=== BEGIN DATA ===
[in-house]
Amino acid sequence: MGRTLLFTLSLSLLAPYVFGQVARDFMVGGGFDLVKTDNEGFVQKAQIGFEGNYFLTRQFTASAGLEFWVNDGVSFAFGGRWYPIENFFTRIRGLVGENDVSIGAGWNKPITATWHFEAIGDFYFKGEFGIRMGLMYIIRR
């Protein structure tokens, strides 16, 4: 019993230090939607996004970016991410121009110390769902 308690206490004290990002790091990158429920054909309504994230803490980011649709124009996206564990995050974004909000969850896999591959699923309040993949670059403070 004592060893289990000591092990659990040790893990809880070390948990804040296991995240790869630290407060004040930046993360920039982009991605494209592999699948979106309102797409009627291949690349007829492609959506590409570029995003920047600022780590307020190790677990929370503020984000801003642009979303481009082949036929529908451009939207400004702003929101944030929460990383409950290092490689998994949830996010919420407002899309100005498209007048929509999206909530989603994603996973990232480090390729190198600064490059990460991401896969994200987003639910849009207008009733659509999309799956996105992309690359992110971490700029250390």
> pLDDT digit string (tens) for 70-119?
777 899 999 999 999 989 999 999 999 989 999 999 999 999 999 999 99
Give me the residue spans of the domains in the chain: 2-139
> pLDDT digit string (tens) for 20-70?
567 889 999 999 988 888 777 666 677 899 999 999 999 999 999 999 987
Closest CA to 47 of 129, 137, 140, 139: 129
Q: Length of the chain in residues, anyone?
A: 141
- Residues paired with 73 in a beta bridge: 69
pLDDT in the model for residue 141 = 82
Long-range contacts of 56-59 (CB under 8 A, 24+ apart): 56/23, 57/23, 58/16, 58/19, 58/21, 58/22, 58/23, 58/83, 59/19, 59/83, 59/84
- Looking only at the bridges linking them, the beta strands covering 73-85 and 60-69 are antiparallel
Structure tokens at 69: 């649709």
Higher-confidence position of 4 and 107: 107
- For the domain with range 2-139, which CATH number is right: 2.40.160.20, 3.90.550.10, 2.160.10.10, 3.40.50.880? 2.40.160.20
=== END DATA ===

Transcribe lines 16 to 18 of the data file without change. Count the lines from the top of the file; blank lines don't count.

Structure tokens at 69: 């649709």
Higher-confidence position of 4 and 107: 107
- For the domain with range 2-139, which CATH number is right: 2.40.160.20, 3.90.550.10, 2.160.10.10, 3.40.50.880? 2.40.160.20